Protective effect of Curcumin, the active principle of turmeric (Curcuma longa) in haloperidol-induced orofacial dyskinesia and associated behavioural, biochemical and neurochemical changes in rat brain.

Centre with Potential for Excellence in Biomedical Sciences, Panjab University, Chandigarh, 160014, India.
Pharmacology Biochemistry and Behavior (Impact Factor: 2.82). 03/2008; 88(4):511-22. DOI: 10.1016/j.pbb.2007.10.009
Source: PubMed

ABSTRACT Tardive dyskinesia (TD) is a motor disorder of the orofacial region resulting from chronic neuroleptic treatment. A high incidence and irreversibility of this hyperkinetic disorder has been considered a major clinical issue in the treatment of schizophrenia. The molecular mechanism related to the pathophysiology of tardive dyskinesia is not completely known. Various animal studies have demonstrated an enhanced oxidative stress and increased glutamatergic transmission as well as inhibition in the glutamate uptake after the chronic administration of haloperidol. The present study investigated the effect of curcumin, an antioxidant, in haloperidol-induced tardive dyskinesia by using different behavioural (orofacial dyskinetic movements, stereotypy, locomotor activity, % retention), biochemical (lipid peroxidation, reduced glutathione levels, antioxidant enzyme levels (SOD and catalase) and neurochemical (neurotransmitter levels) parameters. Chronic administration of haloperidol (1 mg/kg i.p. for 21 days) significantly increased vacuous chewing movements (VCM's), tongue protrusions, facial jerking in rats which was dose-dependently inhibited by curcumin. Chronic administration of haloperidol also resulted in increased dopamine receptor sensitivity as evident by increased locomotor activity and stereotypy and also decreased % retention time on elevated plus maze paradigm. Pretreatment with curcumin reversed these behavioral changes. Besides, haloperidol also induced oxidative damage in all major regions of brain which was attenuated by curcumin, especially in the subcortical region containing striatum. On chronic administration of haloperidol, there was a decrease in turnover of dopamine, serotonin and norepinephrine in both cortical and subcortical regions which was again dose-dependently reversed by treatment with curcumin. The findings of the present study suggested for the involvement of free radicals in the development of neuroleptic-induced tardive dyskinesia and point to curcumin as a possible therapeutic option to treat this hyperkinetic movement disorder.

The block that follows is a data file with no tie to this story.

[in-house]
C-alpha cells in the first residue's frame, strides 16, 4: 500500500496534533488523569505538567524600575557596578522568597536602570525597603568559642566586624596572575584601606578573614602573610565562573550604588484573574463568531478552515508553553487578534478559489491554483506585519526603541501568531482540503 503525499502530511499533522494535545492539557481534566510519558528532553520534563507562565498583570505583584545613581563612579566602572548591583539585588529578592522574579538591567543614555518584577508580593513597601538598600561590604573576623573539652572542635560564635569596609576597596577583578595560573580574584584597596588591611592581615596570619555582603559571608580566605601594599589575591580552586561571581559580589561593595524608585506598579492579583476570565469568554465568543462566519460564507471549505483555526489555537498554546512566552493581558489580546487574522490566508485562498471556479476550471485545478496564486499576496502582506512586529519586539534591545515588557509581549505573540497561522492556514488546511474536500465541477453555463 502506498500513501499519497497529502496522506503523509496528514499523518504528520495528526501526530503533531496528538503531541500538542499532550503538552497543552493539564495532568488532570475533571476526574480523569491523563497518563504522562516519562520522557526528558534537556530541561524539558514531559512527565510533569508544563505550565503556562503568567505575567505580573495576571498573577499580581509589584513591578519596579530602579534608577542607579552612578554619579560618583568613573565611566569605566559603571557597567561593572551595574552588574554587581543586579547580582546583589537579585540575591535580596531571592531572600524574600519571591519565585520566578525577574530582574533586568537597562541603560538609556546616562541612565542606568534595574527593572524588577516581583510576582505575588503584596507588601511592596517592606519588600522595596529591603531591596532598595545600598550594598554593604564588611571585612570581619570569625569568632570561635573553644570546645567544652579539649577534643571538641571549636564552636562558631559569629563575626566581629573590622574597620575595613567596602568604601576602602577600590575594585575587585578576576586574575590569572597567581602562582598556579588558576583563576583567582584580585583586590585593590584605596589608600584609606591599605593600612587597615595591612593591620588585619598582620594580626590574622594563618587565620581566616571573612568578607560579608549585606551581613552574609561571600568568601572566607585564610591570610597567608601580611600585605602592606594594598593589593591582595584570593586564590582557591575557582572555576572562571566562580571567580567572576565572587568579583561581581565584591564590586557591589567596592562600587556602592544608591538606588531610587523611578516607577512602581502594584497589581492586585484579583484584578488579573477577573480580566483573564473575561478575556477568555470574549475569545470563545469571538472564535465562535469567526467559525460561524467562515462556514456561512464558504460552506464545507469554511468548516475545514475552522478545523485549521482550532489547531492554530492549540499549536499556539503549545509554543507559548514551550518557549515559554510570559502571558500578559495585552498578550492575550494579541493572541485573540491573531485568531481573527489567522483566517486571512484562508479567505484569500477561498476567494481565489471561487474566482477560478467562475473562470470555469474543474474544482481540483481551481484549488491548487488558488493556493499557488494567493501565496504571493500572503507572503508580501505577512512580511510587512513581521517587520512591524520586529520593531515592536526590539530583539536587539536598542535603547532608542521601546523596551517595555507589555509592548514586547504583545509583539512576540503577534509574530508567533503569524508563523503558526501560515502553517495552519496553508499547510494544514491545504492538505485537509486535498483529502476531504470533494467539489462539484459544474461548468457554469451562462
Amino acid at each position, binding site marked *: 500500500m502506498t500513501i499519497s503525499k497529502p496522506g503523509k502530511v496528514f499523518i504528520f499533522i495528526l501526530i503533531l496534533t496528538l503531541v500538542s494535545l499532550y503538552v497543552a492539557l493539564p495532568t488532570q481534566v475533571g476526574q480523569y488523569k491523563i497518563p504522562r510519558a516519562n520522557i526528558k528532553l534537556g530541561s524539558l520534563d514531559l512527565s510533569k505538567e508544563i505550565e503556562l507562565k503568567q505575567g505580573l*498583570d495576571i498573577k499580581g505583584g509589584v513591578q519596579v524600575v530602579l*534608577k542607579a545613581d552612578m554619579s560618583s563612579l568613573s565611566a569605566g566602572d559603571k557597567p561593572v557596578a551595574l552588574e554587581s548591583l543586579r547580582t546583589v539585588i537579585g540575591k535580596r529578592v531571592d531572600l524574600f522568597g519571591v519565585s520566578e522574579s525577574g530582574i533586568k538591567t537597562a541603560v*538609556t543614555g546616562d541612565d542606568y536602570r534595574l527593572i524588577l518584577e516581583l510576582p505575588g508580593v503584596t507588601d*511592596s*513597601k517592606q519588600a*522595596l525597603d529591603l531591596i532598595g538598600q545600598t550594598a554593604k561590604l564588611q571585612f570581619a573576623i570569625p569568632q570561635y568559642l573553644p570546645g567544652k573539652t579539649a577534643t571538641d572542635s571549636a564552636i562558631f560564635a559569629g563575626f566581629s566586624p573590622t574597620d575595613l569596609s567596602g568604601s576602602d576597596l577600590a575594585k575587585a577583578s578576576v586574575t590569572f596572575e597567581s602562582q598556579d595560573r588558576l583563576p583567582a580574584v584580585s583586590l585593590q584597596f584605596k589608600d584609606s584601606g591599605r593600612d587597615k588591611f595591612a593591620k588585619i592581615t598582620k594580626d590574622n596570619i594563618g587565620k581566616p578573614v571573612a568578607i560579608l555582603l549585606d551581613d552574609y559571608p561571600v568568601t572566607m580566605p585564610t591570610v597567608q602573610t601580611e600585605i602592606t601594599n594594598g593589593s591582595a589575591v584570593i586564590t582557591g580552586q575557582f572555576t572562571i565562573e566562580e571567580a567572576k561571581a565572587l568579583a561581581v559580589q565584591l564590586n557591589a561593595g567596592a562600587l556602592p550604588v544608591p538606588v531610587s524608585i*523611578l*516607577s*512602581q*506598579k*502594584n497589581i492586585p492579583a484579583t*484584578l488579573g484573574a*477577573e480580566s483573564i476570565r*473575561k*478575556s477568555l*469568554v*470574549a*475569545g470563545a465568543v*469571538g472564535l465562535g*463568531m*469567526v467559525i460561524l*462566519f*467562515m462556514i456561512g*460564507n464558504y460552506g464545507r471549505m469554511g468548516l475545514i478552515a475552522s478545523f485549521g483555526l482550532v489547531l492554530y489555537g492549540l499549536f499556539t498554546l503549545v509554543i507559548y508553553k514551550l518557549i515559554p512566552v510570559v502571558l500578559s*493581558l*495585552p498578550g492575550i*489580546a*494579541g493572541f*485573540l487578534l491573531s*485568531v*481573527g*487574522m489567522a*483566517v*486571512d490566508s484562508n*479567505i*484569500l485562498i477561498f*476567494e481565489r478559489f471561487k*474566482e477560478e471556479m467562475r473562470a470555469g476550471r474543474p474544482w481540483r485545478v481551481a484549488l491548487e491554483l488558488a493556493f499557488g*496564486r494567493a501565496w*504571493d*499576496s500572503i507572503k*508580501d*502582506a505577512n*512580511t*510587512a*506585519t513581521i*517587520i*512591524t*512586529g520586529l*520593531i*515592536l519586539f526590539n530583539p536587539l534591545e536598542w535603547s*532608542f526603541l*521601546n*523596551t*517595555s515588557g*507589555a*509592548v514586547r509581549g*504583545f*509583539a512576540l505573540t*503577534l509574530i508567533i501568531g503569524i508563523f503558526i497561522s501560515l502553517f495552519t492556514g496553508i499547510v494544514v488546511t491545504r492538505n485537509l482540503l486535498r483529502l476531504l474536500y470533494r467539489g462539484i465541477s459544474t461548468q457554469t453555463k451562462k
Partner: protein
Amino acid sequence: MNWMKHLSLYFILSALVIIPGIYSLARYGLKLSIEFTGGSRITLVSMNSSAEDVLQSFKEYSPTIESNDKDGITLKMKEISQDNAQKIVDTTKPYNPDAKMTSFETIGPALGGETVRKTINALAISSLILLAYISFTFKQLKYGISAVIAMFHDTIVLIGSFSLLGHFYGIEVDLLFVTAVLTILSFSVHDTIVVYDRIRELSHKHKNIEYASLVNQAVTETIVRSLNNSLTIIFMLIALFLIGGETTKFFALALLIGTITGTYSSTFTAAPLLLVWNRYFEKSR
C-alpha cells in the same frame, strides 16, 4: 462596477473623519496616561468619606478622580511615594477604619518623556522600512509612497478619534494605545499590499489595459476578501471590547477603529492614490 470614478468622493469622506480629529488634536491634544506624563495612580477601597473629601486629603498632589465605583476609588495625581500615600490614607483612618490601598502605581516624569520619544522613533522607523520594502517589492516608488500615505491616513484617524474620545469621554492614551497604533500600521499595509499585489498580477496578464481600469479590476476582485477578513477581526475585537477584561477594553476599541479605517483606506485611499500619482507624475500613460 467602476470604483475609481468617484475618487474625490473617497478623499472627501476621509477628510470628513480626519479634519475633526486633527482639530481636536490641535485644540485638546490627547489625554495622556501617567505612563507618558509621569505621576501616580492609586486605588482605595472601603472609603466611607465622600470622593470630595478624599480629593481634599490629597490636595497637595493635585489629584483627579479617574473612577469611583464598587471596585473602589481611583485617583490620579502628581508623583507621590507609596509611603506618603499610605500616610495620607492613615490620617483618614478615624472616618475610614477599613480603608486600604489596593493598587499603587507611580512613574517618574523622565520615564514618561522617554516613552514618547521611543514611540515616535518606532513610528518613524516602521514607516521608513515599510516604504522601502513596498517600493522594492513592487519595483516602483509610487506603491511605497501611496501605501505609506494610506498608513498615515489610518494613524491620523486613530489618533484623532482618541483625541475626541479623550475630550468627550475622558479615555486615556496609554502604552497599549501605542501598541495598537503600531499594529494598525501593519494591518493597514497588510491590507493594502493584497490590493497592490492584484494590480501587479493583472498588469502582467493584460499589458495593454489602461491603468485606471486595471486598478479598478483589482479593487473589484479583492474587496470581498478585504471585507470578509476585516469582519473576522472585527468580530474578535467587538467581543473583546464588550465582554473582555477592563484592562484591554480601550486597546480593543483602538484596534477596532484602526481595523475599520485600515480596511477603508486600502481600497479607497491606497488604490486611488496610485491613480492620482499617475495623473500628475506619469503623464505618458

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    ABSTRACT: Despite decades of research, tardive dyskinesia (TD) remains a poorly understood iatrogenic movement disorder with few effective treatments and no known cure. Accordingly, the development of an innocuous strategy to prevent or mitigate antipsychotic (AP)-associated TD would represent an important clinical advance. Supporting evidence for antioxidant (AX)-based treatment regimens can be found in the preclinical literature, where AP-induced vacuous chewing movements (VCMs) in rats are attenuated by the concurrent administration of direct and indirect AXs. Our aim was to review the preclinical literature examining the role of AX-promoting treatments in the prevention of AP-induced VCMs in rats. A literature search using Google Scholar and PubMed was performed. Relevant results were qualitatively reviewed. Studies featuring a variety of naturally occurring and synthetic AX treatments were identified and included in the review. The majority of studies used haloperidol (HAL), a typical AP, to induce VCMs. Studies revealed reduced VCMs in co-treated rats, with favorable changes seen in markers of oxidative stress (OS) and AX status, but were limited by their short durations. Some preclinical evidence suggests that the inclusion of a naturally occurring and benign AX compound as an adjunct to AP treatment may help guard patients against TD, but additional long-duration studies are needed. This AX-based strategy is further substantiated by accumulating evidence of preexisting OS abnormalities in schizophrenia (SZ).
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